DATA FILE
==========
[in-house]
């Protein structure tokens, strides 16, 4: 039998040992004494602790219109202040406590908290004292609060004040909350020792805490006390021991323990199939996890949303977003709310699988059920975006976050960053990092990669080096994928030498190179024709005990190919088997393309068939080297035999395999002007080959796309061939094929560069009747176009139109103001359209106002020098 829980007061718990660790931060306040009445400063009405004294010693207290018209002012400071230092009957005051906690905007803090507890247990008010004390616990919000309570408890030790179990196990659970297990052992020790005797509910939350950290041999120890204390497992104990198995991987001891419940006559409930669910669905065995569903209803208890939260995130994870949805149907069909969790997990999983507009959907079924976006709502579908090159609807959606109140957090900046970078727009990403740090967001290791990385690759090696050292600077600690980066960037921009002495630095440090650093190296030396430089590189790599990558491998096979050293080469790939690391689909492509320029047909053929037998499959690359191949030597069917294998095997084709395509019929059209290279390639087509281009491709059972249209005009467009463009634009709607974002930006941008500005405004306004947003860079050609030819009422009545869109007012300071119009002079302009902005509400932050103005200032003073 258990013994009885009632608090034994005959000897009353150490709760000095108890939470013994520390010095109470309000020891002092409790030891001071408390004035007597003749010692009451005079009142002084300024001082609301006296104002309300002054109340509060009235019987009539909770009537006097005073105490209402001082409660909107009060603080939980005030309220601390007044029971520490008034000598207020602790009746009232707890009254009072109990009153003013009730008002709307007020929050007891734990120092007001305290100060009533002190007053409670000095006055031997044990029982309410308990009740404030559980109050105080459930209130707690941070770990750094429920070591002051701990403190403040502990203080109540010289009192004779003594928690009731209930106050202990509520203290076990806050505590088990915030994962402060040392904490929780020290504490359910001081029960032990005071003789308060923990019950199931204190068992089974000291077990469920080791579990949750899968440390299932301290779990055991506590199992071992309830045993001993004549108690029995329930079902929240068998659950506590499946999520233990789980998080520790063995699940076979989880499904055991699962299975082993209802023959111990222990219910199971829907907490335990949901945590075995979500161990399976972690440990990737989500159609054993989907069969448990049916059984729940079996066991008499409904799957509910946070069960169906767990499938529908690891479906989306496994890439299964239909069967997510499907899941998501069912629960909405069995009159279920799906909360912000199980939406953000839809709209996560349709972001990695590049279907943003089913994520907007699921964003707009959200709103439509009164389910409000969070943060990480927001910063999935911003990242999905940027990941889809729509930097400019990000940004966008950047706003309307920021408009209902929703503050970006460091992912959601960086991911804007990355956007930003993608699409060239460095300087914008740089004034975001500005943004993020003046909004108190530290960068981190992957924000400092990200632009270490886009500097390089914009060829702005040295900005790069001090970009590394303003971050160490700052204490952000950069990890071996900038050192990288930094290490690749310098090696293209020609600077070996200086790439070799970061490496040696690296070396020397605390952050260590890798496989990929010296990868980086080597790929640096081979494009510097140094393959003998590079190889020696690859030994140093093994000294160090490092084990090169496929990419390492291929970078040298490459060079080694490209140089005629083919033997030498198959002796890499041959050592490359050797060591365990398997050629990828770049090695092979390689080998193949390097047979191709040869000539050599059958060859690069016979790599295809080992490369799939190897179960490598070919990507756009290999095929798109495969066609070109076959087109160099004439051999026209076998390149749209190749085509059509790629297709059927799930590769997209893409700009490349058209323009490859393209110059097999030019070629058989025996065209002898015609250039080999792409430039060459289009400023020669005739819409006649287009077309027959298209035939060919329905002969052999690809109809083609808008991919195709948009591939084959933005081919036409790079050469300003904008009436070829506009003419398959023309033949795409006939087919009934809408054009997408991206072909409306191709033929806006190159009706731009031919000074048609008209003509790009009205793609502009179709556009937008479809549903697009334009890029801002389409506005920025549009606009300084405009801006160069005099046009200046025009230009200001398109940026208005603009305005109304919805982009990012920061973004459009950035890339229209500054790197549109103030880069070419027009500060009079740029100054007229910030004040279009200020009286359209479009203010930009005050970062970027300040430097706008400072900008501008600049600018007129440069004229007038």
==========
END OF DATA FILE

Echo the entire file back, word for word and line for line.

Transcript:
[in-house]
């Protein structure tokens, strides 16, 4: 039998040992004494602790219109202040406590908290004292609060004040909350020792805490006390021991323990199939996890949303977003709310699988059920975006976050960053990092990669080096994928030498190179024709005990190919088997393309068939080297035999395999002007080959796309061939094929560069009747176009139109103001359209106002020098 829980007061718990660790931060306040009445400063009405004294010693207290018209002012400071230092009957005051906690905007803090507890247990008010004390616990919000309570408890030790179990196990659970297990052992020790005797509910939350950290041999120890204390497992104990198995991987001891419940006559409930669910669905065995569903209803208890939260995130994870949805149907069909969790997990999983507009959907079924976006709502579908090159609807959606109140957090900046970078727009990403740090967001290791990385690759090696050292600077600690980066960037921009002495630095440090650093190296030396430089590189790599990558491998096979050293080469790939690391689909492509320029047909053929037998499959690359191949030597069917294998095997084709395509019929059209290279390639087509281009491709059972249209005009467009463009634009709607974002930006941008500005405004306004947003860079050609030819009422009545869109007012300071119009002079302009902005509400932050103005200032003073 258990013994009885009632608090034994005959000897009353150490709760000095108890939470013994520390010095109470309000020891002092409790030891001071408390004035007597003749010692009451005079009142002084300024001082609301006296104002309300002054109340509060009235019987009539909770009537006097005073105490209402001082409660909107009060603080939980005030309220601390007044029971520490008034000598207020602790009746009232707890009254009072109990009153003013009730008002709307007020929050007891734990120092007001305290100060009533002190007053409670000095006055031997044990029982309410308990009740404030559980109050105080459930209130707690941070770990750094429920070591002051701990403190403040502990203080109540010289009192004779003594928690009731209930106050202990509520203290076990806050505590088990915030994962402060040392904490929780020290504490359910001081029960032990005071003789308060923990019950199931204190068992089974000291077990469920080791579990949750899968440390299932301290779990055991506590199992071992309830045993001993004549108690029995329930079902929240068998659950506590499946999520233990789980998080520790063995699940076979989880499904055991699962299975082993209802023959111990222990219910199971829907907490335990949901945590075995979500161990399976972690440990990737989500159609054993989907069969448990049916059984729940079996066991008499409904799957509910946070069960169906767990499938529908690891479906989306496994890439299964239909069967997510499907899941998501069912629960909405069995009159279920799906909360912000199980939406953000839809709209996560349709972001990695590049279907943003089913994520907007699921964003707009959200709103439509009164389910409000969070943060990480927001910063999935911003990242999905940027990941889809729509930097400019990000940004966008950047706003309307920021408009209902929703503050970006460091992912959601960086991911804007990355956007930003993608699409060239460095300087914008740089004034975001500005943004993020003046909004108190530290960068981190992957924000400092990200632009270490886009500097390089914009060829702005040295900005790069001090970009590394303003971050160490700052204490952000950069990890071996900038050192990288930094290490690749310098090696293209020609600077070996200086790439070799970061490496040696690296070396020397605390952050260590890798496989990929010296990868980086080597790929640096081979494009510097140094393959003998590079190889020696690859030994140093093994000294160090490092084990090169496929990419390492291929970078040298490459060079080694490209140089005629083919033997030498198959002796890499041959050592490359050797060591365990398997050629990828770049090695092979390689080998193949390097047979191709040869000539050599059958060859690069016979790599295809080992490369799939190897179960490598070919990507756009290999095929798109495969066609070109076959087109160099004439051999026209076998390149749209190749085509059509790629297709059927799930590769997209893409700009490349058209323009490859393209110059097999030019070629058989025996065209002898015609250039080999792409430039060459289009400023020669005739819409006649287009077309027959298209035939060919329905002969052999690809109809083609808008991919195709948009591939084959933005081919036409790079050469300003904008009436070829506009003419398959023309033949795409006939087919009934809408054009997408991206072909409306191709033929806006190159009706731009031919000074048609008209003509790009009205793609502009179709556009937008479809549903697009334009890029801002389409506005920025549009606009300084405009801006160069005099046009200046025009230009200001398109940026208005603009305005109304919805982009990012920061973004459009950035890339229209500054790197549109103030880069070419027009500060009079740029100054007229910030004040279009200020009286359209479009203010930009005050970062970027300040430097706008400072900008501008600049600018007129440069004229007038």